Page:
Impacts of IoT on Power and Energy Sector

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IOT in power industry

In the age of hyper-connectivity, the Internet of Things or IoT has emerged as the obvious corollary to add value for businesses by empowering them to do more with less resources, efforts and time.

It is data everywhere that is aligned with actions and devices, sensors, machine learning, natural language processing and analytics-powered tools to add a competitive edge and move over many antiquated practices. From wearables like smartwatches to talking cars, home appliances and connected-industrial equipment that autonomously perform actions, enable machine-to-machine communication (M2M) and collate and analyze silos of data, IoT has had indelible impact in all realms of mankind’s endeavours.

Today, businesses in the power and energy segment, especially have a lot of catching up to do to remain on par with their manufacturing, healthcare, oil and gas and transportation industry counterparts in terms of IoT penetration.

The power industry is plagued with many setbacks like aging infrastructure, depleting assets and resources, rising costs, regulations and competition from alternative sources as well as pressures to achieve operational efficiencies and productivity.

Advancements in smartphone app development with IoT coupled lowering cost and complexities in communication and implementation of edge networks, devices and data analytics hold the key for innovations that drive this sector towards transformation.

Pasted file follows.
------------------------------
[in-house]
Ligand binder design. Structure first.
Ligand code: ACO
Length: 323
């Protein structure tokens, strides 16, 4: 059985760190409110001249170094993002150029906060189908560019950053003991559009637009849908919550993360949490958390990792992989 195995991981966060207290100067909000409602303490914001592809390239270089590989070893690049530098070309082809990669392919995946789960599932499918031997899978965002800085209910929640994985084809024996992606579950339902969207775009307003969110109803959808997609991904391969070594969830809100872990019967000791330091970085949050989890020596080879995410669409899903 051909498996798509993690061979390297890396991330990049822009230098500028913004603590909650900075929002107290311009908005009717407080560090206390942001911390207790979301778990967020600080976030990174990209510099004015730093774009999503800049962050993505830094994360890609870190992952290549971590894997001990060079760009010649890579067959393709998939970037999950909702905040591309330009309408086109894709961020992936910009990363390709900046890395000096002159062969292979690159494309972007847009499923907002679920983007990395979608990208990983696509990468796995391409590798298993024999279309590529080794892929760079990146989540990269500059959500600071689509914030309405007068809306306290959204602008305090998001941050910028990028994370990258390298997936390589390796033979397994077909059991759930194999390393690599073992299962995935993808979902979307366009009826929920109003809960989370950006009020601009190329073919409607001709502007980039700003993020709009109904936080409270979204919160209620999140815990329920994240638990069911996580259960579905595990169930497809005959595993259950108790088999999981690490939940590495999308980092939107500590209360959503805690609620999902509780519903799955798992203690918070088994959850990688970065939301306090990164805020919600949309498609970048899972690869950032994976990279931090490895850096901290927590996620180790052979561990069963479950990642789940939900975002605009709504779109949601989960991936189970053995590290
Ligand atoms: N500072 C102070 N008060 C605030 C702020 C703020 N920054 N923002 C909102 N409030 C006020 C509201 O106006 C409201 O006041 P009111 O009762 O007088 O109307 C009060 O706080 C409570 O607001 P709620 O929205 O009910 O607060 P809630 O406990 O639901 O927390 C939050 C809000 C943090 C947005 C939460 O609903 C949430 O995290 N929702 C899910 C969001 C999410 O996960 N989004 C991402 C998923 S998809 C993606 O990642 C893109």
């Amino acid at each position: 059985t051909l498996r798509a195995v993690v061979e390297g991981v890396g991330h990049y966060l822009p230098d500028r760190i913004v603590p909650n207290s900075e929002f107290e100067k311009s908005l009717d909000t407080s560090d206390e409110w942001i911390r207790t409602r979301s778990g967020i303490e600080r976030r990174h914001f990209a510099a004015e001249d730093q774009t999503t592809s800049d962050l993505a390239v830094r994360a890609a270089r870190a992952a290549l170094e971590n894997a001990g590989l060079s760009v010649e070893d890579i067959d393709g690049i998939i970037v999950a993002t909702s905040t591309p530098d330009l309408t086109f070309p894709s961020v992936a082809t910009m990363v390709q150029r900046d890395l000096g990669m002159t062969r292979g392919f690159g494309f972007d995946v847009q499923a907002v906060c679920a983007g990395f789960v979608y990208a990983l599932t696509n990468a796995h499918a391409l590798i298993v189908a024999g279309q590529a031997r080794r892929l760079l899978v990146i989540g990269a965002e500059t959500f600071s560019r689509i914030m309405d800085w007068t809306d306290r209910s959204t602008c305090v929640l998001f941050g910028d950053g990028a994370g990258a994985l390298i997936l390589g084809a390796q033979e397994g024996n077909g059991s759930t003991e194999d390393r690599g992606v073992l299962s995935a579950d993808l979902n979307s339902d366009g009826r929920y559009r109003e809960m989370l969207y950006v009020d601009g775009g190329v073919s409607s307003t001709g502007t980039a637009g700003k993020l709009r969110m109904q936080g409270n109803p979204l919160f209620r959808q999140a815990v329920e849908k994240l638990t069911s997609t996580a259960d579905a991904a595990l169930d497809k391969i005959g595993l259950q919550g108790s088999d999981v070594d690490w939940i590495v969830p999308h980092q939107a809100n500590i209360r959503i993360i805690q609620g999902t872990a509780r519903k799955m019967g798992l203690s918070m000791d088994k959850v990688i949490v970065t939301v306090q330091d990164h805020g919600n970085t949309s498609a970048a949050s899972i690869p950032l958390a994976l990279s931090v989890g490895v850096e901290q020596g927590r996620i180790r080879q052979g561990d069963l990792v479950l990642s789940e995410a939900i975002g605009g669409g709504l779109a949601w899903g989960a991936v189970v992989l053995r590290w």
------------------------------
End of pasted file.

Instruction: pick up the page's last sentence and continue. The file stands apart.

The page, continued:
Here is how both, IoT in power sector will drive change and positive outcomes for businesses:

  1. Increased Access to Powerful and Reliable Insights: Humongous volumes of data locked in silos can be tapped and leveraged for timely insights on assets, resource and wastage. This can be achieved with smart meters, power sensors and increased digitization that are integrated with instant data sharing and analysis features to derive timely, valuable insights. The metrics-based findings and insights help power companies gain better understanding of their processes and available capabilities for cost-cutting, operational efficiencies and implementation of cutting-edge power saving, storage and generation techniques.
  2. Higher Security: Energy and power sector have always been dabbling with security issues. This calls for a need for stronger and decentralized systems to manage the influx of devices, infrastructure and interoperability. Many power businesses are investing heavily in blockchain technologies to provide a peer-to-peer platform alongside IoT solutions for increased security, power and energy trading and transactions, efficient power utilization and determining modern and innovative ways of power generation.
  3. Better Control, Transparency and Remote Monitoring: At the consumer front, the demand for transparency on power and energy usage and emission has significantly increased. Active management platforms with metering equipment or automatic meter reading (AMR) that helps track energy fluctuations, anomalies and usage patterns in real-time offers control and transparency at a granular level. This helps reduce over-consumption and power failures as well as to identify cost-effective and eco-friendly ways of power utilization.